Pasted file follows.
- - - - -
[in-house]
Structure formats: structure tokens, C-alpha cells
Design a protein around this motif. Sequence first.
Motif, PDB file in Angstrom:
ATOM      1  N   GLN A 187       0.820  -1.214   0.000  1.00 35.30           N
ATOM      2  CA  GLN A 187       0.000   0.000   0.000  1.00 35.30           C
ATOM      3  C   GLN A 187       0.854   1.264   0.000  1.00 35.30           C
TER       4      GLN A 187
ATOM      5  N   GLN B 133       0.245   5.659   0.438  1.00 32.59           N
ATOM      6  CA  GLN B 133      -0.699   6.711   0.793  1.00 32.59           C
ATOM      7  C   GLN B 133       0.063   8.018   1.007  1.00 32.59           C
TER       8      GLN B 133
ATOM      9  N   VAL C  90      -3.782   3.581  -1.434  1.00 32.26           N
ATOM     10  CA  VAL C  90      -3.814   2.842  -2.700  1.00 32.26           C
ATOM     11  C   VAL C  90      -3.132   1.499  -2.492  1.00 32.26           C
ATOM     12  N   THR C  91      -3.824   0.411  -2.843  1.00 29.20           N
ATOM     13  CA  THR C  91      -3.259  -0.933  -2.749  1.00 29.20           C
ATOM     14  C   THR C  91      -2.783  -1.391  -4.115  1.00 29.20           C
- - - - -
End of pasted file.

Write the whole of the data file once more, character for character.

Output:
[in-house]
Structure formats: structure tokens, C-alpha cells
Design a protein around this motif. Sequence first.
Motif, PDB file in Angstrom:
ATOM      1  N   GLN A 187       0.820  -1.214   0.000  1.00 35.30           N
ATOM      2  CA  GLN A 187       0.000   0.000   0.000  1.00 35.30           C
ATOM      3  C   GLN A 187       0.854   1.264   0.000  1.00 35.30           C
TER       4      GLN A 187
ATOM      5  N   GLN B 133       0.245   5.659   0.438  1.00 32.59           N
ATOM      6  CA  GLN B 133      -0.699   6.711   0.793  1.00 32.59           C
ATOM      7  C   GLN B 133       0.063   8.018   1.007  1.00 32.59           C
TER       8      GLN B 133
ATOM      9  N   VAL C  90      -3.782   3.581  -1.434  1.00 32.26           N
ATOM     10  CA  VAL C  90      -3.814   2.842  -2.700  1.00 32.26           C
ATOM     11  C   VAL C  90      -3.132   1.499  -2.492  1.00 32.26           C
ATOM     12  N   THR C  91      -3.824   0.411  -2.843  1.00 29.20           N
ATOM     13  CA  THR C  91      -3.259  -0.933  -2.749  1.00 29.20           C
ATOM     14  C   THR C  91      -2.783  -1.391  -4.115  1.00 29.20           C